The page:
Water wheel

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For water wheels used to drive boats, see paddle wheel. For wheels used solely to lift water see noria. For factories or industries driven by water wheels see watermill.
An overshot water wheel standing 42 feet high powers the Old Mill at Berry College in Rome, Georgia

A water wheel is a hydropower system; a machine for extracting power from the flow of water. Water wheels and hydropower was widely used in the Middle Ages, powering most industry in Europe, along with the windmill. The most common use of the water wheel was to mill flour in gristmills, but other uses included foundry work and machining, and pounding linen for use in paper.

A water wheel consists of a large wooden or metal wheel, with a number of blades or buckets arranged on the outside rim forming the driving surface. Most commonly, the wheel is mounted vertically on a horizontal axle, but the tub or Norse wheel is mounted horizontally on a vertical shaft. Vertical wheels can transmit power either through the axle or via a ring gear and typically drive belts or gears; horizontal wheels usually directly drive their load. A channel created for the water to follow after leaving the wheel is commonly referred to as a "tailrace."[1]

History[change | edit source]

Main article: Watermill

Greco-Roman Europe[change | edit source]

The technology of the water wheel had long been known, but it was not put into widespread use until the Middle Ages when an acute shortage of labor made machines such as the water wheel cost effective. However, the water wheels in ancient Rome and ancient China found many practical uses in powering mills for pounding grain and other substances. The Romans used both fixed and floating water wheels and introduced water power to other countries of the Roman Empire. The Romans were known to use waterwheels extensively in mining projects, with enormous Roman-era waterwheels found in places like modern-day Spain. In the 1st century BC, the Greek epigrammatist Antipater of Thessalonica was the first to make a reference to the waterwheel.

Ancient China[change | edit source]

By at least the 1st century AD, the Chinese of the Eastern Han Dynasty began to use waterwheels to crush grain in mills and to power the piston-bellows in forging iron ore into cast iron.

In the text known as the Xin Lun written by Huan Tan about 20 AD (during the usurpation of Wang Mang), it states that the legendary mythological king known as Fu Xi was the one responsible for the pestle and mortar, which evolved into the tilt-hammer and then trip hammer device (see trip hammer). Although the author speaks of the mythological Fu Xi, a passage of his writing gives hint that the waterwheel was in widespread use by the 1st century AD in China.

In the year 31 AD, the engineer and Prefect of Nanyang, Du Shi, applied a complex use of the waterwheel and machinery to power the bellows of the blast furnace to create cast iron. Waterwheels in China found practical uses such as this, as well as extraordinary use. The inventor Zhang Heng (78139) was the first in history to apply motive power in rotating the astronomical instrument of an armillary sphere, by use of a waterwheel. The mechanical engineer Ma Jun (200265) once used a waterwheel to power and operate a large mechanical puppet theater for Emperor Ming of Wei.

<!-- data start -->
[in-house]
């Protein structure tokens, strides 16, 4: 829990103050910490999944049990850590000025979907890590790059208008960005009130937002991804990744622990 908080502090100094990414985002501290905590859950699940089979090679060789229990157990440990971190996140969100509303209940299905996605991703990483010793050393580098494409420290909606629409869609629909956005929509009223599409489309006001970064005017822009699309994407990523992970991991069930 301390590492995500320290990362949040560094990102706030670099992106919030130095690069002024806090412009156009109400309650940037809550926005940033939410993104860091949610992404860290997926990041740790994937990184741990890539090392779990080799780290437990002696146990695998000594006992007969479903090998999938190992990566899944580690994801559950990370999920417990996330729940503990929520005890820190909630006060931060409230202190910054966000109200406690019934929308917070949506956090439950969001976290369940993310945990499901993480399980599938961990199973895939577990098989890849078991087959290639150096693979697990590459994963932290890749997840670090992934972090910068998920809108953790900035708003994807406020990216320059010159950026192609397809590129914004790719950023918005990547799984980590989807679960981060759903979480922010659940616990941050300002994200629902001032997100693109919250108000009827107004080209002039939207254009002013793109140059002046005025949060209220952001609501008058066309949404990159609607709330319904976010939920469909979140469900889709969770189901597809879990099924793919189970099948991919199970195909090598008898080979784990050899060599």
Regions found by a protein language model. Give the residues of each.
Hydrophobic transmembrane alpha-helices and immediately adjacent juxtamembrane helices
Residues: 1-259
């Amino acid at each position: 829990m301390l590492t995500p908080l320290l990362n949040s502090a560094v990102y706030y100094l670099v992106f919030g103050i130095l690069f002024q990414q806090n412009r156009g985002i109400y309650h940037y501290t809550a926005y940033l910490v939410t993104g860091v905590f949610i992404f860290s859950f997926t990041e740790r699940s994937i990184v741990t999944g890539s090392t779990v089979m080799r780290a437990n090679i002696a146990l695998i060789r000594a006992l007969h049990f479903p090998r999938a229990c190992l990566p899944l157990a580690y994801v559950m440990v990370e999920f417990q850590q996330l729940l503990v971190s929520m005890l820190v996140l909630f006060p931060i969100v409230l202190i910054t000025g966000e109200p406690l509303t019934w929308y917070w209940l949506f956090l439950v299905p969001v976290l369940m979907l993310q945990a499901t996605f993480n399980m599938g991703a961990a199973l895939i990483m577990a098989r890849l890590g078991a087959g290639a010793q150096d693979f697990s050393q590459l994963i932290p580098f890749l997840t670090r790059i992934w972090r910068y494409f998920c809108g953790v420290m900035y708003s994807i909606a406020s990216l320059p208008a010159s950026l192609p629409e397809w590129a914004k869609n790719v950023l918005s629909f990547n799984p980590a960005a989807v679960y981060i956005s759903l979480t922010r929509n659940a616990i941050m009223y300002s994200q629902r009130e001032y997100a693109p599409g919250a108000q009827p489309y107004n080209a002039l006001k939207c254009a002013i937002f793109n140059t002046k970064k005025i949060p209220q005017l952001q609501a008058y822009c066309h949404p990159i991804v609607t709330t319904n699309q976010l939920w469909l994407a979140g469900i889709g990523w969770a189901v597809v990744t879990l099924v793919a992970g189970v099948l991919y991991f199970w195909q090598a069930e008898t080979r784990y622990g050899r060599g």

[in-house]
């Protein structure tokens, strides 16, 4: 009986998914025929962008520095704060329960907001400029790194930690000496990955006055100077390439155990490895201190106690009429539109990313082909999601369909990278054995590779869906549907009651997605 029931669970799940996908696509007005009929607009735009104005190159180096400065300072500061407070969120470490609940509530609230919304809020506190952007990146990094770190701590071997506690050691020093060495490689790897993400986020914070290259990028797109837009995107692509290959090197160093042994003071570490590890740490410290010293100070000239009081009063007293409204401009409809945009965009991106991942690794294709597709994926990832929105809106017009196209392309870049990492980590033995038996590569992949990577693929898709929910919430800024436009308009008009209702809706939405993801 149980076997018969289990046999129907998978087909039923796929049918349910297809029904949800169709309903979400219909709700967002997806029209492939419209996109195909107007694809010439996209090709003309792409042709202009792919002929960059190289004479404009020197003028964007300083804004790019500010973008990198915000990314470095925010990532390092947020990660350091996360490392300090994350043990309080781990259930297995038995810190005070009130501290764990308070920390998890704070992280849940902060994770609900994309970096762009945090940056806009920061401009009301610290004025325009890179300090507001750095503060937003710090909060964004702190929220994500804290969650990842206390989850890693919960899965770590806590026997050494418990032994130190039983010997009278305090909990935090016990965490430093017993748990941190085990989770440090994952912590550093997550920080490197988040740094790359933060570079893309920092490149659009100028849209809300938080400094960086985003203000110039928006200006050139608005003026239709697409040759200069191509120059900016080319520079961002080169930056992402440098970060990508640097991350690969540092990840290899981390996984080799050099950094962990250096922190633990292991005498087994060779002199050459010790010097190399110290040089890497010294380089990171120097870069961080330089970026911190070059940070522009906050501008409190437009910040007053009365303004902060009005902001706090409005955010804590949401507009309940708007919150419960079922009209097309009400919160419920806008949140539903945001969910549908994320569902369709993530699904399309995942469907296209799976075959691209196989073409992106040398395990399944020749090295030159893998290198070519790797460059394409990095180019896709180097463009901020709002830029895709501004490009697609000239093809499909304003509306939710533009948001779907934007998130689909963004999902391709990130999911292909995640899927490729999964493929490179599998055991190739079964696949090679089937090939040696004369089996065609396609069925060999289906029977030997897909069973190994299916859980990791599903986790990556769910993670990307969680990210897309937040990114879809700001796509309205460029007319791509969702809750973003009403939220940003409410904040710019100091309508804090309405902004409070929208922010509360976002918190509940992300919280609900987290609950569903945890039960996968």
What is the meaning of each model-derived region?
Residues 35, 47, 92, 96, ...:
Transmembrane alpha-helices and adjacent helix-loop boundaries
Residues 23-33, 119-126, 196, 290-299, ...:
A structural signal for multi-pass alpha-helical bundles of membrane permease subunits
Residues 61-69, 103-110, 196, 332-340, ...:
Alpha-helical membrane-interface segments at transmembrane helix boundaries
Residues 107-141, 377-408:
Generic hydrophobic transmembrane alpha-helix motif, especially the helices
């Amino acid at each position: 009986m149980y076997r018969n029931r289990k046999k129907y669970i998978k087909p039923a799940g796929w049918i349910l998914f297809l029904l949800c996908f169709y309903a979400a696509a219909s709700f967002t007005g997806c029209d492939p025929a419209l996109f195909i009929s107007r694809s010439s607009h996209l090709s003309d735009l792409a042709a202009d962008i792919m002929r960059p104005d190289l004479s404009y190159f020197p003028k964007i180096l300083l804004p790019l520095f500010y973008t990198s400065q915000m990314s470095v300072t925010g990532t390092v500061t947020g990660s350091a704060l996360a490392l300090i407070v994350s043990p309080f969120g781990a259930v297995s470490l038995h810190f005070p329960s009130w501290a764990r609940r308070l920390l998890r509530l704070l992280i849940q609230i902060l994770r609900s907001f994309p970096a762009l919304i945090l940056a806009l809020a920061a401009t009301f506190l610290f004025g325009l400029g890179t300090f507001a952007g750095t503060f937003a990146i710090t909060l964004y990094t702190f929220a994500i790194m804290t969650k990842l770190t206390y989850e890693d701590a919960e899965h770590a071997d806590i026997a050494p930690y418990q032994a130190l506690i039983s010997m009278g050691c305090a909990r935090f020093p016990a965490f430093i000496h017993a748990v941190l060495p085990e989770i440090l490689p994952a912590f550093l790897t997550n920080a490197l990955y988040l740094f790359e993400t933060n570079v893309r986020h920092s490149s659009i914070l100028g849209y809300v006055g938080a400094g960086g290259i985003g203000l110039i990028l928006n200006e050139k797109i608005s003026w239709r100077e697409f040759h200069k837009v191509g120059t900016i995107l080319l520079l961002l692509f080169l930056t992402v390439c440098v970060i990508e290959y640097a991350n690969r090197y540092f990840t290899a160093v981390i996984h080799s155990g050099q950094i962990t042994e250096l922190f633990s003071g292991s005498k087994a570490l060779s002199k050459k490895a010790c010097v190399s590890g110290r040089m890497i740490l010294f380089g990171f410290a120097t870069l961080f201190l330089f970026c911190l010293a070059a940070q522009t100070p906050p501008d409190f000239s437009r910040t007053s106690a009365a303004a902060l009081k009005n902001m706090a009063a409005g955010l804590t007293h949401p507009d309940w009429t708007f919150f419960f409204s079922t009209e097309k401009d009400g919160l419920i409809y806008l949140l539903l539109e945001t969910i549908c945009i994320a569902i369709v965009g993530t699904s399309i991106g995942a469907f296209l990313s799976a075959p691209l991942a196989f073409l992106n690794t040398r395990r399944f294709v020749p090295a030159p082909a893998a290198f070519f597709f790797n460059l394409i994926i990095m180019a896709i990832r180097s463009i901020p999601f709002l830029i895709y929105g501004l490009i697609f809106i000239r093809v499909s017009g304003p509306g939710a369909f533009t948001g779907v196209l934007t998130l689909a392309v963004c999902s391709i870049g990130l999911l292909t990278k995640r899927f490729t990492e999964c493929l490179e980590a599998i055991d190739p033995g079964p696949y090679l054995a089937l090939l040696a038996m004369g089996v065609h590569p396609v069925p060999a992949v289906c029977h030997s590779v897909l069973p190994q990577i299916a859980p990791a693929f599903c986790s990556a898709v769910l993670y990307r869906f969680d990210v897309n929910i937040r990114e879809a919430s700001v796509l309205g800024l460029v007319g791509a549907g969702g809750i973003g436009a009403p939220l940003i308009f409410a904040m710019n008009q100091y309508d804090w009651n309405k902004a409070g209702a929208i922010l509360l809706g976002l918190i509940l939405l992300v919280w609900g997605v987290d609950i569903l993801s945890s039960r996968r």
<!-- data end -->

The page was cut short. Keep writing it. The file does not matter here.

Medieval Europe and Modern[change | edit source]

Cistercian monasteries, in particular, made extensive use of water wheels to power watermills of many kinds. An early example of a very large waterwheel is the still extant wheel at the early 13th century Real Monasterio de Nuestra Senora de Rueda, a Cistercian monastery in the Aragon region of Spain. Grist mills (for corn) were undoubtedly the most common, but there were also sawmills, fulling mills and mills to fulfill many other labor-intensive tasks. The water wheel remained competitive with the steam engine well into the Industrial Revolution.

The main difficulty of water wheels was their inseparability from water. This meant that mills often needed to be located far from population centers and away from natural resources. Water mills were still in commercial use well into the twentieth century, however.

Overshot & pitchback waterwheels are suitable where there is a small stream with a height difference of more than 2 meters, often in association with a small reservoir. Breastshot and undershot wheels can be used on rivers or high volume flows with large reservoirs.

The most powerful waterwheel built in the United Kingdom was the 100 hp Quarry Bank Mill Waterwheel near Manchester. A high breastshot design, it was retired in 1904 and replaced with several turbines. It has now been restored and is a museum open to the public.

Modern Hydro-electric dams can be viewed as the descendants of the water wheel as they too take advantage of the movement of water downhill.

Notes[change | edit source]

References[change | edit source]

  • Needham, Joseph (1986). Science and Civilization in China: Volume 4, Part 2. Taipei: Caves Books, Ltd.

Other websites[change | edit source]